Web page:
April 04, 2008

Memories, pressed between the pages of my mind

Memories, pressed between the pages of my mind
Memories, sweetened thru the ages just like wine

Quiet thought come floating down
And settle softly to the ground
Like golden autumn leaves around my feet
I touched them and they burst apart with sweet memories,
Sweet memories


satan said...


MBIA Loses AAA Insurer Rating From Fitch Over Capital (Update5)

By Christine Richard

April 4 (Bloomberg) -- Fitch Ratings cut MBIA Inc.'s insurance unit to AA from AAA, saying the bond insurer no longer has enough capital to warrant the top ranking.

MBIA, the world's largest financial guarantor, would need as much as $3.8 billion more in capital to deserve an AAA, New York-based Fitch said today in a report. The outlook is negative, Fitch said.

Fitch issued the new, lower rating even though Armonk, New York-based MBIA asked the ratings company last month to stop assessing its credit worthiness. The two companies disagree over how much capital MBIA needs to absorb losses on the bonds it insures. Moody's Investors Service and Standard & Poor's both affirmed their AAA ratings earlier this year.

Anonymous said...

Someone had one pint too many at the local pub today.

Anonymous said...

Hey Keith, prepare the wallet or prepare to move:

Britain's $60,000 Tax Bill Has Middle Class Packing for Dublin

(Bloomberg) -- Francine Stone, born in Pennsylvania, has called Britain home for 25 years. The researcher on Middle Eastern and Islamic affairs says a new tax on foreign-born residents will drive her out.

Prime Minister Gordon Brown, responding to unions and Labour Party lawmakers, is eliminating rules that let foreigners avoid taxes on income from abroad. While the plan will extract the most from millionaires, it may make life in Britain unaffordable for people like Stone who rely on overseas investment income to pay their bills.

Foreigners who have lived in Britain for more than seven years and claim their tax home is elsewhere must declare and pay taxes on their global income beginning April 6. To avoid doing so, they will have to pay a 30,000-pound ($60,000) annual fee.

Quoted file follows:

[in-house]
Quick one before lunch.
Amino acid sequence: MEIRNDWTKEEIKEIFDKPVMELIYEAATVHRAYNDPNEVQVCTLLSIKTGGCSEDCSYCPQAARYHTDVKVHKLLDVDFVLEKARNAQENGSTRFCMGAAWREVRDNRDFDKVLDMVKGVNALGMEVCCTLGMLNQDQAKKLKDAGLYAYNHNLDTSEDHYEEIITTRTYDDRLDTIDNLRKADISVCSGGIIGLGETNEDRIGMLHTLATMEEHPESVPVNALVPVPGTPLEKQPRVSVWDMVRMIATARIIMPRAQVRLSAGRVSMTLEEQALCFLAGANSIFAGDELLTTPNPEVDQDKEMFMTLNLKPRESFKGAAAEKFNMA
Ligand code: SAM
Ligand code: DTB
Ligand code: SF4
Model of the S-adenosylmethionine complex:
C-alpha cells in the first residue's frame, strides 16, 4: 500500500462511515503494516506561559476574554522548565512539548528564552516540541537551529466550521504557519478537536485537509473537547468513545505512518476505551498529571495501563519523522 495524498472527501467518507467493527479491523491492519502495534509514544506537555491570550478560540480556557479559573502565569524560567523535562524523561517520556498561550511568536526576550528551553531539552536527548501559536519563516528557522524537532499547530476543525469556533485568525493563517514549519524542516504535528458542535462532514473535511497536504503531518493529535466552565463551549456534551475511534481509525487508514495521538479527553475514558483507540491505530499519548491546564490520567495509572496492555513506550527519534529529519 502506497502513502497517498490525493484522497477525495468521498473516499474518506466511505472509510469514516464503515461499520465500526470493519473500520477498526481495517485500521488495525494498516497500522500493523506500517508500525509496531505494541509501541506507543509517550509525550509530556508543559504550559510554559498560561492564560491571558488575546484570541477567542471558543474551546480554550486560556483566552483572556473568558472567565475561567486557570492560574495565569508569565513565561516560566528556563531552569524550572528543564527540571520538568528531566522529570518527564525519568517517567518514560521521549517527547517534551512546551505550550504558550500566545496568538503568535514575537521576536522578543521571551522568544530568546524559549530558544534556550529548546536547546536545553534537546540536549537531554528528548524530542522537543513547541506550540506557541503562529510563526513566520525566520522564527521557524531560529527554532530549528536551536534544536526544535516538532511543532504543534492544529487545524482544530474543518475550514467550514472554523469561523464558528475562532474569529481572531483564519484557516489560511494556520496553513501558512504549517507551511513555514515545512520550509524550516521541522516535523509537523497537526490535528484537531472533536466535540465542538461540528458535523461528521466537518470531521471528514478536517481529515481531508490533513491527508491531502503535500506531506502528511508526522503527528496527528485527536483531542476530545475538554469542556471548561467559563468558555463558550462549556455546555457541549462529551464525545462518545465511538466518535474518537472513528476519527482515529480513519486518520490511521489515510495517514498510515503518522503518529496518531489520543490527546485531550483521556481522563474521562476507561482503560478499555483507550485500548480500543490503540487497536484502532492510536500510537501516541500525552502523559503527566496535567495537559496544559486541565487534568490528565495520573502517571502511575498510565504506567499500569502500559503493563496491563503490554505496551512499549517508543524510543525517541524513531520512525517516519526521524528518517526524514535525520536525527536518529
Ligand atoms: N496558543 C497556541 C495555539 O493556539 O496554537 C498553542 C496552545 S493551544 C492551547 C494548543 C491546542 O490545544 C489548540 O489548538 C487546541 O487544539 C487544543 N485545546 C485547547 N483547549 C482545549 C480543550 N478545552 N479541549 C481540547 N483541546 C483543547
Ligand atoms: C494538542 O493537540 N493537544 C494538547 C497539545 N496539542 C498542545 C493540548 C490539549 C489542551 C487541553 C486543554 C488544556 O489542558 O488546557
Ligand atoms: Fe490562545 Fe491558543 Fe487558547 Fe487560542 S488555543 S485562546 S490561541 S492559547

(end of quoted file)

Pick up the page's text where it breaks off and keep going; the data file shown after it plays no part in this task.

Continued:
So-called non-domiciled residents who don't pay the flat fee will be subject to the same tax on income from overseas assets as Britons, adding 700 million pounds to the government's coffers through fiscal year 2010, according to the U.K. Treasury. ``Non- doms'' already contribute about 2.7 percent, or 4 billion pounds, of the U.K.'s annual income tax revenue, the Treasury said.

Anonymous said...

I think the Ameriquest CEO just died

Anonymous said...

Oops, disregard the comment about Britain, Keith.

I forgot you're living in that city with the first initial "S" and ends in "E", close to the major city "B". Lots of hot girls there.

The Brewcrew said...

"Suzanne researched this!" would have been the cherry on top.

Anonymous said...

Keith, first of all this was great. Loved the Elvis video, (what a bod! Easy Guys, I'm female). Secondly, Keith, I'm glad you had one pint too many because puppet gone wild was very funny! This blog is not only challenging for my economic instincts but very amusing for the soul too. Enjoying a glass of wine with this and having a good laugh. Thanks!

Big House Crew said...

Too bad the guy in the convenience store wasn't Mozilo.

Orangelo will 'get his' in prison soon.

The big house crew send their regards, Ange. We are keeping a bed warm and a light on for you here in the joint.

Bring money Ange, you'll neeeed it.

Anonymous said...


Yep, he died recently. The NY Times calls him a "mortgage innovator". hahaha

Anonymous said...

my old brit grannie would rollover in her.....................maybe.................................